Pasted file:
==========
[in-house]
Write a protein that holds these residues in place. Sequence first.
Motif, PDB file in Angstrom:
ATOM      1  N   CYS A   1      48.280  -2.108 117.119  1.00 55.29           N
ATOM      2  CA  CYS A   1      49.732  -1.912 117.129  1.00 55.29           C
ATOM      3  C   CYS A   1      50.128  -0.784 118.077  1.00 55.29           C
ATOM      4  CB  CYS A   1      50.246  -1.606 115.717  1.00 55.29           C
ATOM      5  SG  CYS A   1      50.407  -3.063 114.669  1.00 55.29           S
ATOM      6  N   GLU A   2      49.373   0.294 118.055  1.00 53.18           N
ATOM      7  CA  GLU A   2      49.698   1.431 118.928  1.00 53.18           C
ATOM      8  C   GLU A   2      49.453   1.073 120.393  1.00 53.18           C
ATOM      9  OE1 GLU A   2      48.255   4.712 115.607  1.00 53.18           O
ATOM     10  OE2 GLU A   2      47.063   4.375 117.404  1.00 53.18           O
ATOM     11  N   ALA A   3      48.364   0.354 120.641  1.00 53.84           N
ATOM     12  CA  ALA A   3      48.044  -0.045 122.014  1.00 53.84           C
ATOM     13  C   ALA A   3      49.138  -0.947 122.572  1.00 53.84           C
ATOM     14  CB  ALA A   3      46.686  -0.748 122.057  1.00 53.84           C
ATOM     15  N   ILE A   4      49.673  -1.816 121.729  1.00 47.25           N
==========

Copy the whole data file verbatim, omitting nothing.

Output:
[in-house]
Write a protein that holds these residues in place. Sequence first.
Motif, PDB file in Angstrom:
ATOM      1  N   CYS A   1      48.280  -2.108 117.119  1.00 55.29           N
ATOM      2  CA  CYS A   1      49.732  -1.912 117.129  1.00 55.29           C
ATOM      3  C   CYS A   1      50.128  -0.784 118.077  1.00 55.29           C
ATOM      4  CB  CYS A   1      50.246  -1.606 115.717  1.00 55.29           C
ATOM      5  SG  CYS A   1      50.407  -3.063 114.669  1.00 55.29           S
ATOM      6  N   GLU A   2      49.373   0.294 118.055  1.00 53.18           N
ATOM      7  CA  GLU A   2      49.698   1.431 118.928  1.00 53.18           C
ATOM      8  C   GLU A   2      49.453   1.073 120.393  1.00 53.18           C
ATOM      9  OE1 GLU A   2      48.255   4.712 115.607  1.00 53.18           O
ATOM     10  OE2 GLU A   2      47.063   4.375 117.404  1.00 53.18           O
ATOM     11  N   ALA A   3      48.364   0.354 120.641  1.00 53.84           N
ATOM     12  CA  ALA A   3      48.044  -0.045 122.014  1.00 53.84           C
ATOM     13  C   ALA A   3      49.138  -0.947 122.572  1.00 53.84           C
ATOM     14  CB  ALA A   3      46.686  -0.748 122.057  1.00 53.84           C
ATOM     15  N   ILE A   4      49.673  -1.816 121.729  1.00 47.25           N